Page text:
Dr Barry Lomax
Mr Jim Craigon
Professor Neil Crout
Dr Sofie Sjogersten
Environmental change is one of the most pressing problems facing humanity at present. Research into this diverse theme within the division is equally diverse and spans a variety of topics, different geographical locations, and seeks to reconstruct changes in key environmental parameters through geological time.
Monitoring and modelling methane production by dairy cows
This collaboration with the Animal Science division is funded by DEFRA to monitor the individual methane eructations of over 200 cows while being milked by the University of Nottingham’s robotic milking machines which the cows choose to use 2 to 4 times a day. Not all cows produce the same amount of this important greenhouse gas; an unwanted by-product of rumin fermentation. Closed chamber-based studies are being used to relate the milking-time methane measurements to the total methane production by the cow. Analysis and modelling of the extensive data set produced will enable the scale and nature of within and between cow variation in methane production to be determined and the opportunity for breeding or feeding strategies to reduce the methane output while maintaining food production to be assessed. Earlier climate change work includes open top chamber studies on the effects of elevated ozone and CO2 on field grown crops.
Inland Antarctic lakes
We were involved with the multi-disciplinary Equator project (funded by the EPSRC), studying the dynamics of Antarctic lakes. The project included researchers from the School of Electrical and Electronic Engineering and the School of Computer Science and Information Technology. Fieldwork was supported by the Australian Antarctic Division. Inland Antarctic lakes are among the harshest environments in the world for life to inhabit, and are widely regarded as sensitive indicators of climate change. In 2003 an automatic probe was deployed on Crooked Lake, a freshwater lake in Eastern Antarctica. The probe measures several meteorological parameters, ice thickness, ice temperature and light levels in the water column. We used the probe data to develop a physics-based model which simulates the growth and melt of the lake ice over time. On experimenting with different levels of model complexity using model selection criteria, we found that air temperature is by far the dominant variable in such systems, and a model based on temperature alone can calculate ice thickness to a reasonable level of accuracy. This allows predictions of how such lake may respond to long-term global warming scenario.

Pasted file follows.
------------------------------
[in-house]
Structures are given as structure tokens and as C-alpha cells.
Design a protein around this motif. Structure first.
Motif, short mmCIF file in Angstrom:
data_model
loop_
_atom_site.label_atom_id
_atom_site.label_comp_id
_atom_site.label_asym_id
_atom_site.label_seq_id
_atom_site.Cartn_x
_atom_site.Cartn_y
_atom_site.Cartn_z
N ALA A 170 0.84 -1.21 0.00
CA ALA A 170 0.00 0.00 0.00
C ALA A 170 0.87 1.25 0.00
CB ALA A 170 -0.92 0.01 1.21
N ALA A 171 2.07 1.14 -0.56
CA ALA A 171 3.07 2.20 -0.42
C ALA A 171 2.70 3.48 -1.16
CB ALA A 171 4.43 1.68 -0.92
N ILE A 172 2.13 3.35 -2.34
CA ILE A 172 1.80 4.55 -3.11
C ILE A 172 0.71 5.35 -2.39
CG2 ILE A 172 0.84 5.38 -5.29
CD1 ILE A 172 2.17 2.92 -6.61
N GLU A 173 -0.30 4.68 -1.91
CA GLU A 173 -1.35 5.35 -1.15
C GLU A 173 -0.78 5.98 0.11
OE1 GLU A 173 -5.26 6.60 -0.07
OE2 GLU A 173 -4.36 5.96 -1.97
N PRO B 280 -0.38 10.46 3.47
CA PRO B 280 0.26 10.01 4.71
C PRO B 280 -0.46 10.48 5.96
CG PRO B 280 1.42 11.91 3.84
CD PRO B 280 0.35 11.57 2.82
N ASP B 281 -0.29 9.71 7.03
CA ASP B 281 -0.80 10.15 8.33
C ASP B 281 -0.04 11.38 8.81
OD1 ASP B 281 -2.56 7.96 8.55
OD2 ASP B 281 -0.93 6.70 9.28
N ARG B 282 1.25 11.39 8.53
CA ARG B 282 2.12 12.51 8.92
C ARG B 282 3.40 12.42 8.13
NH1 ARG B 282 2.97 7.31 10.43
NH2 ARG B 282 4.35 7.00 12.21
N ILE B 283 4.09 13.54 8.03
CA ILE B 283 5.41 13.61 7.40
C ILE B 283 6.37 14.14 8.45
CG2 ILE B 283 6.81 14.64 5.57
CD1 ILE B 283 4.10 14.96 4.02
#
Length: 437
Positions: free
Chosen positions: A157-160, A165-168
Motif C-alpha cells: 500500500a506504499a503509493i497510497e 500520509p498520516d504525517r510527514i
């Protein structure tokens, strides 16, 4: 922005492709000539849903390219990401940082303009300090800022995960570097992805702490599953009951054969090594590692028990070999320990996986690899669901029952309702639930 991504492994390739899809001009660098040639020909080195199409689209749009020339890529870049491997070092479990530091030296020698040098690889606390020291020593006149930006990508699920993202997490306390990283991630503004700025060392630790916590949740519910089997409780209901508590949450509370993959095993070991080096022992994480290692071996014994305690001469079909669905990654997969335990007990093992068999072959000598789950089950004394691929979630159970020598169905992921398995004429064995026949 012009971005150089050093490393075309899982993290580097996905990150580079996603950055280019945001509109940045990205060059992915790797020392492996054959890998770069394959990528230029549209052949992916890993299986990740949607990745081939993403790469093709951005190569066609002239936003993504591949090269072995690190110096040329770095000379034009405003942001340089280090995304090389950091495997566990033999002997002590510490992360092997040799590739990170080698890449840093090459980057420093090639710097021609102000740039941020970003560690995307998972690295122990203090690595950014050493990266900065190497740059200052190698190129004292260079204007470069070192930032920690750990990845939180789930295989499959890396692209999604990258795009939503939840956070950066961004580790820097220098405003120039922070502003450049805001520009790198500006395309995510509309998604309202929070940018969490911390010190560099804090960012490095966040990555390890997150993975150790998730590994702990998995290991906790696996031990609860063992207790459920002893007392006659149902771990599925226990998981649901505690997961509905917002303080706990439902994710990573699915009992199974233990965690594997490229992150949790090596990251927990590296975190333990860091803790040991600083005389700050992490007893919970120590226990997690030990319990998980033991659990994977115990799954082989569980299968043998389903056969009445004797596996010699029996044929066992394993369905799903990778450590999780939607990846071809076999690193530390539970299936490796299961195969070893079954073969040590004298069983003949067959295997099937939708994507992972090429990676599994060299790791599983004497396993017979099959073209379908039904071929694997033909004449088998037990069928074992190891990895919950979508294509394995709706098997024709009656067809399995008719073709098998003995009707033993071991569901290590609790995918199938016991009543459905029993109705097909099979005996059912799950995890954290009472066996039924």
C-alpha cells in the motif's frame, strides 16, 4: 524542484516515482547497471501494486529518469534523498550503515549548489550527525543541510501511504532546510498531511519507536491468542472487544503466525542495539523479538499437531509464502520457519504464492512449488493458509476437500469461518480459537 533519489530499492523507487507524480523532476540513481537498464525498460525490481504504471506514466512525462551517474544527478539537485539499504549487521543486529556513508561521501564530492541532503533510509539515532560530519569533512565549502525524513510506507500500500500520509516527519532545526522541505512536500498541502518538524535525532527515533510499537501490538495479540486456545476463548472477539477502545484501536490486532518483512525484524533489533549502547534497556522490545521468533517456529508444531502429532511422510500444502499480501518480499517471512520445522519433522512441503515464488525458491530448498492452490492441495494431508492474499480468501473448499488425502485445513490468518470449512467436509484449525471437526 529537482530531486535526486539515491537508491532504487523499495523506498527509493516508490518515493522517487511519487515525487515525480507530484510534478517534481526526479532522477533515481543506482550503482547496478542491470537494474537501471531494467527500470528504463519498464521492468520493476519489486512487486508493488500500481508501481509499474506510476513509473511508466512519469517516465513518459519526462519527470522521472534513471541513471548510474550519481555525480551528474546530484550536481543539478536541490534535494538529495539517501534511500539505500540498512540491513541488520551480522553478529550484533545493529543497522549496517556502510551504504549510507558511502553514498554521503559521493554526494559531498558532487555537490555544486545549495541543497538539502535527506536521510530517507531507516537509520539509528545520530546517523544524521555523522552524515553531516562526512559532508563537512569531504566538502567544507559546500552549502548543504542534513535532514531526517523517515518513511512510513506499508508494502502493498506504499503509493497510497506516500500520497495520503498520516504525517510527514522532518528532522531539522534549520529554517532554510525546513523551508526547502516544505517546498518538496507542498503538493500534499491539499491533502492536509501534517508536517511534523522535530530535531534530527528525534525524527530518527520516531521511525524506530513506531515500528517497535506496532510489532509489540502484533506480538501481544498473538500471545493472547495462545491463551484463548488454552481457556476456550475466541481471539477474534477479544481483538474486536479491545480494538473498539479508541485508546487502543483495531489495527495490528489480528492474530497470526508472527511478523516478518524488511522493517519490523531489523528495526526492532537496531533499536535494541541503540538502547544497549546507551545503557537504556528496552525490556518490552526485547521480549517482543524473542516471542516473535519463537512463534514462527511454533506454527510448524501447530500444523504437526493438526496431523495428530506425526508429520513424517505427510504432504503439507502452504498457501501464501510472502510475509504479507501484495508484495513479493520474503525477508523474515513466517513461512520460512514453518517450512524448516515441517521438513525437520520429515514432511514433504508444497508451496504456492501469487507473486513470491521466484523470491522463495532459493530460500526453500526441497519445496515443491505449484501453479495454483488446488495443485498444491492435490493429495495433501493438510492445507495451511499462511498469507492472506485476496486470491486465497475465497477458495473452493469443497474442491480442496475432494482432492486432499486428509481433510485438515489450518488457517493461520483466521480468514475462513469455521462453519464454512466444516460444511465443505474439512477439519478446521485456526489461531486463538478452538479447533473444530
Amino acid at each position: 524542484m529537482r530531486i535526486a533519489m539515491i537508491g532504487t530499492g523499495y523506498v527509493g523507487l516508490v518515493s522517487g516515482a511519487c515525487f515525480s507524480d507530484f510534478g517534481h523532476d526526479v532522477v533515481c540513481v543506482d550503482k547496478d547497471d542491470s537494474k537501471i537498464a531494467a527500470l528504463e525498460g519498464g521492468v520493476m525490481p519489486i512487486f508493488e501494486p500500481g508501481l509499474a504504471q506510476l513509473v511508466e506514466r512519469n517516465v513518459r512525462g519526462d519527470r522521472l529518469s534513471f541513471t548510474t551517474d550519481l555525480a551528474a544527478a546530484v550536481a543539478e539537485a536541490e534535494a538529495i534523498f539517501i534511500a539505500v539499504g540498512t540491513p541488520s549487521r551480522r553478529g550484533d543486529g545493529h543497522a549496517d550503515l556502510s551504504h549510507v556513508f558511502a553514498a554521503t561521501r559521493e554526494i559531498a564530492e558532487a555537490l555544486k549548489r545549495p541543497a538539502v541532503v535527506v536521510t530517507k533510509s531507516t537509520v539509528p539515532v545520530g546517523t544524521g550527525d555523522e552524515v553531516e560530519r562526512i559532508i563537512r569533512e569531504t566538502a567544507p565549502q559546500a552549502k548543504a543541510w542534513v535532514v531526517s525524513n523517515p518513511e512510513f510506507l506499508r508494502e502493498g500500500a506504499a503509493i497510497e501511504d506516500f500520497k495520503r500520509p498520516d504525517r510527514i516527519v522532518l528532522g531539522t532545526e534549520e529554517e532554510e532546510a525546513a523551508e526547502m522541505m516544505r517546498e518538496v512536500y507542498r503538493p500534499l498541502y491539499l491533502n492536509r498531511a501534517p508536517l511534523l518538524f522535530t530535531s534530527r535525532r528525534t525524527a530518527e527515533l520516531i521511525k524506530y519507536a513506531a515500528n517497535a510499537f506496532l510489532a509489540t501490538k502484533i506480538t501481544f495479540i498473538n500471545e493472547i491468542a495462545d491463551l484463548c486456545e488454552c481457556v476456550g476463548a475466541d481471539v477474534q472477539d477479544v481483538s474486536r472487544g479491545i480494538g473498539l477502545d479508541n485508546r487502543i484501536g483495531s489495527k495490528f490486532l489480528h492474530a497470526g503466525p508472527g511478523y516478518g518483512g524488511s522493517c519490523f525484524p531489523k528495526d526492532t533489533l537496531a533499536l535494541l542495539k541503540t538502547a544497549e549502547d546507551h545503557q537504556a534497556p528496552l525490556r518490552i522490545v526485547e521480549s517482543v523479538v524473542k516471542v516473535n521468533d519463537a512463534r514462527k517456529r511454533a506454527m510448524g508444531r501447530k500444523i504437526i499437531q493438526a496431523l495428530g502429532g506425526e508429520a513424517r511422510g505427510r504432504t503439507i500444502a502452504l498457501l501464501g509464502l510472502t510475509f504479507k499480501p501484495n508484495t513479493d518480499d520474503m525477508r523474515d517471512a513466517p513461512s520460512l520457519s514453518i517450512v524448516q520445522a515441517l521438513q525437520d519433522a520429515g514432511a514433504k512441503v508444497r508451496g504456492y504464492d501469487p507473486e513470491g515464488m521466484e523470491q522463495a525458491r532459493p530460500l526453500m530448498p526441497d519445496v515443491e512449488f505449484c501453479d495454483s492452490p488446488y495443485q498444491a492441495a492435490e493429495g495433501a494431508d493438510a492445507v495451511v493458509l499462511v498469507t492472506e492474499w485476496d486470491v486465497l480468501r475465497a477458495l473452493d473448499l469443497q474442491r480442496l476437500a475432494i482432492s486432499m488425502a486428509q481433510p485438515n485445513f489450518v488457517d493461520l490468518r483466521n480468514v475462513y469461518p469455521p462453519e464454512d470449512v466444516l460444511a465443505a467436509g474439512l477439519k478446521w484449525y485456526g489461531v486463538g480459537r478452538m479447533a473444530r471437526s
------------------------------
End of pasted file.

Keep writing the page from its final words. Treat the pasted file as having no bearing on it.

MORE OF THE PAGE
Mechanist proxies to reconstruct changes in palaeoclimates
Research is focused on quantifying how the Earth’s climate has changed over geologic time, how these changes have influenced the Earth’s terrestrial biosphere and how in turn the Earth’s terrestrial biosphere has influenced climate. This is being achieved through combining palaeobotanical studies with experimental investigations into how plants adapt to environmental change.
Plant responses to CO2
Reconstructing palaeo CO2 concentration using the well characterised inverse relationship between stomatal frequency and atmospheric CO2 using both fossil and living plants.
Plant responses to UV-B radiation
We are developing a new proxy to detect changes in the terrestrial UV-B radiation budget over geologic time using changes in the biochemistry of fossil and extant pollen and spores.
Lability of carbon stored in permafrost peatlands
One third of the global soil carbon is stored in northern peatlands. Today, the organic carbon stored in peatlands in permafrost regions, is under threat from climate warming. If the decomposition rates of the soil organic carbon increases, in response to increased temperature and altered hydrology (due to melting permafrost), potentially large quantities of carbon dioxide could enter the atmosphere. In order to understand the potential feed backs from northern peatlands to the climate system it is essential to understand the mechanisms that control soil organic carbon decomposition rates. Currently, poor information of soil organic carbon chemistry and how it is related to potential carbon loss from high latitude ecosystems limits our ability to understand the fate of this globally important carbon pool. This study combines field measurement of carbon dioxide in subarctic peatlands, laboratory experiments, and sophisticated analysis of the carbon chemistry by solid state 13C NMR to unravel the role of soil carbon chemistry for carbon emissions from permafrost peatlands.
Recovery of ecosystem carbon fluxes and storage from herbivory
The carbon sink strength of arctic tundra is under pressure from increasing populations of arctic breeding geese. In this study we examine how CO2 and CH4 fluxes, plant biomass and soil C responded to the removal of vertebrate herbivores in a high arctic wet moss meadow that has been intensively used by barnacle geese (Branta leucopsis) for ca. 20 years. For this work we use long term grazing exclosures in Ny-Alesund, Spitbergen, were we measure the recovery of the vegetation and the C fluxes following the removal of the grazers. Photo M. Loonen